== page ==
13


We also have two supplemental nonqualified, noncontributory, retirement benefit plans for selected management employees. The plans provide for benefits that supplement those provided by our other retirement plans. We contributed $4.7 million to these supplemental nonqualified, noncontributory, retirement benefit plans in June 2012. We do not expect to make any additional contributions in 2012.
Net pension cost includes the following components:
 
Three months ended
 
Six months ended
 
June 30,
 
June 30,
(in thousands)
2012
 
2011
 
2012
 
2011
Service cost
$
1,040

 
$
894

 
$
2,080

 
$
1,792

Interest cost
648

 
604

 
1,295

 
1,229

Expected return on plan assets
(569
)
 
(474
)
 
(1,139
)
 
(948
)
Amortization of prior service cost
(11
)
 
(11
)
 
(21
)
 
(21
)
Amortization of unrecognized loss
867

 
591

 
1,735

 
1,304

Net pension cost
$
1,975

 
$
1,604

 
$
3,950

 
$
3,356

Other Postretirement Benefits
We provide certain postretirement health care, dental, and life insurance benefits for employees who may become eligible for these benefits. We contributed $1.0 million to the postretirement benefit plan relating to the 2011 plan year in June 2012. We expect to contribute up to an additional $3.4 million to the postretirement benefit plan relating to the 2011 plan year in December 2012.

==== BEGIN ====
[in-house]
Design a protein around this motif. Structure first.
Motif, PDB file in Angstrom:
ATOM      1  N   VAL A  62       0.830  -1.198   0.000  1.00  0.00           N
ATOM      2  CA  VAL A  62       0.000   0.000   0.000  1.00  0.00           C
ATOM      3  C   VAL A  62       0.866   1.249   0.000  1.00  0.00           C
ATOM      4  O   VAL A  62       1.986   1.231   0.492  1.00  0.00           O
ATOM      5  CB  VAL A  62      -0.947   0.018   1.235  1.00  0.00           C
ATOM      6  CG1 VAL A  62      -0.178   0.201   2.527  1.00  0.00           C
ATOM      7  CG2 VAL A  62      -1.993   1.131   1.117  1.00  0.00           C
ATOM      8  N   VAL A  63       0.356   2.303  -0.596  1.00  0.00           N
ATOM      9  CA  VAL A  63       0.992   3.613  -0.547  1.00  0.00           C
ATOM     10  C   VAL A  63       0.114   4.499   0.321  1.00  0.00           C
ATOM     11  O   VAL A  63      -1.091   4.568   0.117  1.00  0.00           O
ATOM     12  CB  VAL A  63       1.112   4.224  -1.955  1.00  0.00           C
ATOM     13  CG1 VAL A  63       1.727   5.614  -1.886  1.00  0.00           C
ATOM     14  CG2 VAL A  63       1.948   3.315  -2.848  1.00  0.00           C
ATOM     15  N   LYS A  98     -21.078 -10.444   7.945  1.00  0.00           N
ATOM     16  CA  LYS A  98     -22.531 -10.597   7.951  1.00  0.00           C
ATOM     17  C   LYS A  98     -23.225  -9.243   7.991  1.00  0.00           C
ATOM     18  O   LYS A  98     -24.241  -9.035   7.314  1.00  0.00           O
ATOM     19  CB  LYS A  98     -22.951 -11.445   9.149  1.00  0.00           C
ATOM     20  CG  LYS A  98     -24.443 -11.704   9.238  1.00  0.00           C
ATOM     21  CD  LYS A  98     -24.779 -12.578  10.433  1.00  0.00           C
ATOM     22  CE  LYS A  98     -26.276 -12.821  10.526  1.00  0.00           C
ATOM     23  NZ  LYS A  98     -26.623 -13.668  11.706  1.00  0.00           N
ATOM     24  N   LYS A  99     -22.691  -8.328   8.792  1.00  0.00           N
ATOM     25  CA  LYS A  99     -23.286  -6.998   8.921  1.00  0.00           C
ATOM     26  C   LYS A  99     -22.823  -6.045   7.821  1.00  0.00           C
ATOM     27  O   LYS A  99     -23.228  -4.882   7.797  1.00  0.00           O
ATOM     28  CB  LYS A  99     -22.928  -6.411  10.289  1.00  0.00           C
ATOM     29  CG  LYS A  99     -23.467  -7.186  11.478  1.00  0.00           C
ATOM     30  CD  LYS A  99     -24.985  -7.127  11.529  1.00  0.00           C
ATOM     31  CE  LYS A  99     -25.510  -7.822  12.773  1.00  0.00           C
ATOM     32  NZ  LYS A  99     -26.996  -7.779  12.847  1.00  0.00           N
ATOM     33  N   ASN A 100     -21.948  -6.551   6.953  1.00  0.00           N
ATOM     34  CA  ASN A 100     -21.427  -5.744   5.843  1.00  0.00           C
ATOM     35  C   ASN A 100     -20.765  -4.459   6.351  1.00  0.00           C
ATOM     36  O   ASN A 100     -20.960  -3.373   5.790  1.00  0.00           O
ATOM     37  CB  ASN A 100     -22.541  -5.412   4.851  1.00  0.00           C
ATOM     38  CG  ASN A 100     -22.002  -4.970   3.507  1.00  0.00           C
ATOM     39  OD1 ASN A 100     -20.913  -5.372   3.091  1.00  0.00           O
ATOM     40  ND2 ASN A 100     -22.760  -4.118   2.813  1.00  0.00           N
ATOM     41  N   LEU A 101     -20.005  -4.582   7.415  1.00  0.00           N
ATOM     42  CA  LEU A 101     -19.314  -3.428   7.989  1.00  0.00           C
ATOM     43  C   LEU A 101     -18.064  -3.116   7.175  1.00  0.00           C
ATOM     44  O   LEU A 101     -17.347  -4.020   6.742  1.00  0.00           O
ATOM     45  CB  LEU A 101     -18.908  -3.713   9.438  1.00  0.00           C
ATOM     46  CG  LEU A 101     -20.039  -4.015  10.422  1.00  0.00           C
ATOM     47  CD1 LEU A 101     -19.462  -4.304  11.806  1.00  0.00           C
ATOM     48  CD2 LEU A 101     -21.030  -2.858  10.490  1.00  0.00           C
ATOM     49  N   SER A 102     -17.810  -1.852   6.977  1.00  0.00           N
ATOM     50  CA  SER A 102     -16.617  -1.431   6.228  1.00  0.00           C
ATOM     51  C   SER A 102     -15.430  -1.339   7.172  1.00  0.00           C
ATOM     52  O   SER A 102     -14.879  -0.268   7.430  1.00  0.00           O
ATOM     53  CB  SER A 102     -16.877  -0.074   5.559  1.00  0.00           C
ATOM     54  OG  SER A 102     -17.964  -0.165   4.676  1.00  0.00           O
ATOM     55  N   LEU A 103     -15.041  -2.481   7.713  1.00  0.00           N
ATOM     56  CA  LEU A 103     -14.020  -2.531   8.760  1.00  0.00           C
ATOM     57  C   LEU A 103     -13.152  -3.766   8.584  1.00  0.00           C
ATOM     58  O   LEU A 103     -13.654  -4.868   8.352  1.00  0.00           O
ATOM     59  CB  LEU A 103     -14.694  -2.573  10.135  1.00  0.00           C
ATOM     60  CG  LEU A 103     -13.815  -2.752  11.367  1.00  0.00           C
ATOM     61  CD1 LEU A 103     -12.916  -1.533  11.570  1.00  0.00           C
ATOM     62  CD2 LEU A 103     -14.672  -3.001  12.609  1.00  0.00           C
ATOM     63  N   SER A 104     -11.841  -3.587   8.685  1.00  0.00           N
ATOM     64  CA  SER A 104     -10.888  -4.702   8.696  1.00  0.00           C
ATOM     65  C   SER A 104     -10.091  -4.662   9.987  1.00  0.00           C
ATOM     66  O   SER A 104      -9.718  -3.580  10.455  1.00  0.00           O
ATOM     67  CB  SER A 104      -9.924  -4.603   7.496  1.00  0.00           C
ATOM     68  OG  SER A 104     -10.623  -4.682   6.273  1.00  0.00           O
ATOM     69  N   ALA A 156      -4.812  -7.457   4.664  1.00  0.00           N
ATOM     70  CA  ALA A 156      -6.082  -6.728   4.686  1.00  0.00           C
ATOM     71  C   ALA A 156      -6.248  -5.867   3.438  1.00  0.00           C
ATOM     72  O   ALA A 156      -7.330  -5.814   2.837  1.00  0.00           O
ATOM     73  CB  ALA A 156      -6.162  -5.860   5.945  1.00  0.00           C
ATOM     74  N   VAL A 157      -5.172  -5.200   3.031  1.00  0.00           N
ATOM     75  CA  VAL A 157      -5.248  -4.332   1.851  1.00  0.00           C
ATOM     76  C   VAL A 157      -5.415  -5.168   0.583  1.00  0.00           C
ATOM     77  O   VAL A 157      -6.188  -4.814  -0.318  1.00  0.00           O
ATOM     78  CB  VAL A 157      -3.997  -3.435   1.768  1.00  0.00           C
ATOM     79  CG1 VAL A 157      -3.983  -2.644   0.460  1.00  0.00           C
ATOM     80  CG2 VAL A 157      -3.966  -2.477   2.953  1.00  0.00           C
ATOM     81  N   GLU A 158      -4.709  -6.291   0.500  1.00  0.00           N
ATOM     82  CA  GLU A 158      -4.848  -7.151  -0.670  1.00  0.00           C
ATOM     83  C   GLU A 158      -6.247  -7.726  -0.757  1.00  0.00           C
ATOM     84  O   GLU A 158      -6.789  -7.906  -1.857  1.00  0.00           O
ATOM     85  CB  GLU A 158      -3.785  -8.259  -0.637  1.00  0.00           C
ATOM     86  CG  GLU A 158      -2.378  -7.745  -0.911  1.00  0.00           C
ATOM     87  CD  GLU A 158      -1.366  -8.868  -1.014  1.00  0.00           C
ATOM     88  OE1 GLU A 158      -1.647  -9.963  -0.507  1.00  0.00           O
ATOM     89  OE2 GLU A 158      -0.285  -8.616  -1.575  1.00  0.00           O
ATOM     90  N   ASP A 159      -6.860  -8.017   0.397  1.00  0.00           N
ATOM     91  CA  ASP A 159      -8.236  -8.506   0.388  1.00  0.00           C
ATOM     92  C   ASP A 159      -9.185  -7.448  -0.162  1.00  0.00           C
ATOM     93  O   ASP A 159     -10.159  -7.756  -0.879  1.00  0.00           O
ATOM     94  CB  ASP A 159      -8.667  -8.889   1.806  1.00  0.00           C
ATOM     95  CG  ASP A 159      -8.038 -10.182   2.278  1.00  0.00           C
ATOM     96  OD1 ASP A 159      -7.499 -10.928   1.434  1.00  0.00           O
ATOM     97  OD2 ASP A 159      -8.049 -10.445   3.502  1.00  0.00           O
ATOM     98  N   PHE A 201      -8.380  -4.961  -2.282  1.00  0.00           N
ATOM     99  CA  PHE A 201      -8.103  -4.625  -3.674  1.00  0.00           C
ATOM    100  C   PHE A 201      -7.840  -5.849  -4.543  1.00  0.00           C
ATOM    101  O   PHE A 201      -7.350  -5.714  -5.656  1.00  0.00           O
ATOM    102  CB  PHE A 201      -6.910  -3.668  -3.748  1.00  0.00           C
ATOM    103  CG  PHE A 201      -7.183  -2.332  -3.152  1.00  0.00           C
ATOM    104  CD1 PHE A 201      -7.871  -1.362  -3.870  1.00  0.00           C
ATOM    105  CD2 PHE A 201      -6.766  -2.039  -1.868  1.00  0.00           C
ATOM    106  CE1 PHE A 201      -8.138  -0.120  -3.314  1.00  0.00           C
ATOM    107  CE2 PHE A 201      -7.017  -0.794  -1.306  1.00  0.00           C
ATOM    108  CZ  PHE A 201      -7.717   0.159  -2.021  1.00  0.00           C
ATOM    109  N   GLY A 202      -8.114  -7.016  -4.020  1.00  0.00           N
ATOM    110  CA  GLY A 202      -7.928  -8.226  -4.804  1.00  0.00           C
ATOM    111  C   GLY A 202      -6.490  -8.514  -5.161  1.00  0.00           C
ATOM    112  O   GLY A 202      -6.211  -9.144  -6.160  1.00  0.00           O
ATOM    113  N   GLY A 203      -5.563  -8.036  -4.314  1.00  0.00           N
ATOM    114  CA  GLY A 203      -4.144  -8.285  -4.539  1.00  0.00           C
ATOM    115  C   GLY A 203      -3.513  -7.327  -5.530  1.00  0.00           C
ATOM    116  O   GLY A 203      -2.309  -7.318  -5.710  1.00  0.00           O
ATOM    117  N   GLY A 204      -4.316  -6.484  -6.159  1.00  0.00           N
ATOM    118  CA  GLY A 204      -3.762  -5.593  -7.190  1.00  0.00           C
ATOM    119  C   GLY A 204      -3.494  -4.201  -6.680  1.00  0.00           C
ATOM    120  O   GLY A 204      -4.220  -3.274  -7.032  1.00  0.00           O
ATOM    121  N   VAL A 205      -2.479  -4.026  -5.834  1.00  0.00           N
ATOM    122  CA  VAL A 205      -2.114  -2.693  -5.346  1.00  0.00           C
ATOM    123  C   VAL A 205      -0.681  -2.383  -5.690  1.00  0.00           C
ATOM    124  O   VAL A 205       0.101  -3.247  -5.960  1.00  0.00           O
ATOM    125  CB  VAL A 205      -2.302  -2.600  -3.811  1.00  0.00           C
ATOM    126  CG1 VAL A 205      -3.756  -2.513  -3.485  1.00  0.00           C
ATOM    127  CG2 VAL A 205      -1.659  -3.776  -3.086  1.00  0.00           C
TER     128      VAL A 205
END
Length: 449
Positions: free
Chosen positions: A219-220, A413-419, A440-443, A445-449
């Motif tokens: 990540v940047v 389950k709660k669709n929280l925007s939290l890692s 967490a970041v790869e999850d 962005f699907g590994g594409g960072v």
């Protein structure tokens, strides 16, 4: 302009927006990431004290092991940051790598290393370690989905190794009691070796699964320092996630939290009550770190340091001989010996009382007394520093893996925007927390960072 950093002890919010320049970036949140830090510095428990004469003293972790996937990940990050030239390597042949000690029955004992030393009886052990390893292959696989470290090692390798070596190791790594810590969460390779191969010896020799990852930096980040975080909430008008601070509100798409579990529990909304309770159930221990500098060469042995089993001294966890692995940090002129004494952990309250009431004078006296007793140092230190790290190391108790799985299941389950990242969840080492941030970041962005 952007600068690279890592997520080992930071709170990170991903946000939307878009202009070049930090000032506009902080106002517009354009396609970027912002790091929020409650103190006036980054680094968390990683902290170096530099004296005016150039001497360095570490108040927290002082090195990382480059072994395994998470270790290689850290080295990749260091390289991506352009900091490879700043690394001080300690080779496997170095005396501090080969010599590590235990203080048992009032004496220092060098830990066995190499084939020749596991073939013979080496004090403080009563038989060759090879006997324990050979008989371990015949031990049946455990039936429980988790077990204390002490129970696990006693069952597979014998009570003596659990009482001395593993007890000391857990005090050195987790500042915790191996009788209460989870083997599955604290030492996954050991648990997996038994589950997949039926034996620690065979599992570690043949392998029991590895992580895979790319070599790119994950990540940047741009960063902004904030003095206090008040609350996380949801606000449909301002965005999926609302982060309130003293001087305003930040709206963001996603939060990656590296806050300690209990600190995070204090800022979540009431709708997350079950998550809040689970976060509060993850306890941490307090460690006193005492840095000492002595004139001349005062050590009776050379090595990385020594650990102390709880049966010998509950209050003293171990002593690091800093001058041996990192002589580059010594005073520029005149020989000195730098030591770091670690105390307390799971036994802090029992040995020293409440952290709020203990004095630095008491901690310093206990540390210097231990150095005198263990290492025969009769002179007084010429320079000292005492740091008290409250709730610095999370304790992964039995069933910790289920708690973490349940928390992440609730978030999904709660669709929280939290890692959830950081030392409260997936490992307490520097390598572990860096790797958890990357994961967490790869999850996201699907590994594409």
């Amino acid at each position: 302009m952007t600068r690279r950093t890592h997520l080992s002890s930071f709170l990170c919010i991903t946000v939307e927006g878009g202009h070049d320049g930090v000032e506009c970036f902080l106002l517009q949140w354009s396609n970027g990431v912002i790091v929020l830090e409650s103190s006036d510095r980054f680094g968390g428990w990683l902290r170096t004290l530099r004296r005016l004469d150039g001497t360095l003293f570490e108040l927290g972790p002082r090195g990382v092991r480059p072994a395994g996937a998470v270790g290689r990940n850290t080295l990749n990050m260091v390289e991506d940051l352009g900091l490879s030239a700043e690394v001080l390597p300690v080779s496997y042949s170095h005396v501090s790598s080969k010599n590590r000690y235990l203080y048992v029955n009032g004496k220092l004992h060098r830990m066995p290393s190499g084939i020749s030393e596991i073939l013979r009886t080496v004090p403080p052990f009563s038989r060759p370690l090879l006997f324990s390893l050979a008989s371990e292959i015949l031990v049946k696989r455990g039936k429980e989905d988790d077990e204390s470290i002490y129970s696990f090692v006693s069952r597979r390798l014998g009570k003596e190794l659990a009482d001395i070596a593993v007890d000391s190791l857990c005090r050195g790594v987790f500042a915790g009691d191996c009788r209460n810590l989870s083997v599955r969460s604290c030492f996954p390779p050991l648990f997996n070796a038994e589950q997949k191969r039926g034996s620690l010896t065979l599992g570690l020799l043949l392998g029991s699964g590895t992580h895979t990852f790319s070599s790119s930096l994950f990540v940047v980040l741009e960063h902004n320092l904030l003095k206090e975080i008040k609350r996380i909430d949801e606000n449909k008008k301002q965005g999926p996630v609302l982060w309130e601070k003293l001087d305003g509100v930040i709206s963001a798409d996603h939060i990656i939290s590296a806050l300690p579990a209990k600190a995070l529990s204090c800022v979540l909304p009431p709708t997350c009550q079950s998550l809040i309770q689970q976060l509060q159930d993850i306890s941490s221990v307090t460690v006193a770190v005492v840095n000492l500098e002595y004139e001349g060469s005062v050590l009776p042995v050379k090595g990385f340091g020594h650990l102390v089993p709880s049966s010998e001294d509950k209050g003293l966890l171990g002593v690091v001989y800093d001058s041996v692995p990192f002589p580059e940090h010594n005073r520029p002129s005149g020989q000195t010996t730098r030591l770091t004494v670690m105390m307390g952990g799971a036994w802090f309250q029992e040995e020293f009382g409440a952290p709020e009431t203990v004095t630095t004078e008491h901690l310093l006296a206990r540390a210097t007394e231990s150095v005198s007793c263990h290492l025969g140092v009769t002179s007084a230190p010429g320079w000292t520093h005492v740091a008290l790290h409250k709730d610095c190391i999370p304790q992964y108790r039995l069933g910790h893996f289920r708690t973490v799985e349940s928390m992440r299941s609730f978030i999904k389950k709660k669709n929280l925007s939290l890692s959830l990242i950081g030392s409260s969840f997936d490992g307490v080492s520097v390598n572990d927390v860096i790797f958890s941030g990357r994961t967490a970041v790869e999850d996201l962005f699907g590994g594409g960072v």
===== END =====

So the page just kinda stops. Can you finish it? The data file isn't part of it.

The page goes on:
Net postretirement cost includes the following components:
 
Three months ended
 
Six months ended
 
June 30,
 
June 30,
(in thousands)
2012
 
2011
 
2012
 
2011
Service cost
$
1,359

 
$
857

 
$
2,717

 
$
1,715

Interest cost
388

 
322

 
776

 
643

Expected return on plan assets
(254
)
 
(185
)
 
(508
)
 
(369
)
Amortization of prior service cost
31

 
79

 
62

 
157

Amortization of unrecognized loss
133

 
56

 
267

 
110

Net postretirement cost
$
1,657

 
$
1,129

 
$
3,314

 
$
2,256

Defined Contribution Plan
We also sponsor a defined contribution retirement savings plan. Participation in this plan is available to substantially all employees. We match employee contributions up to certain predefined limits based upon eligible compensation and the employee’s contribution rate. The cost of this plan was $0.5 million for the three months ended June 30, 2012 and 2011 and $1.7 million for the six months ended June 30, 2012 and 2011.
10. FAIR VALUE MEASUREMENTS
The measurement of fair value is based on a three-tier hierarchy, which prioritizes the inputs used in measuring fair value. These tiers include: Level 1, defined as observable inputs such as quoted prices in active markets; Level 2, defined as inputs other than quoted prices in active markets that are either directly or indirectly observable; and Level 3, defined as unobservable inputs in which little or no market data exists, therefore requiring an entity to develop its own assumptions.


14


Our assets and liabilities measured at fair value subject to the three-tier hierarchy at June 30, 2012, were as follows:
 
Fair Value Measurements at Reporting Date Using
 
Quoted Prices in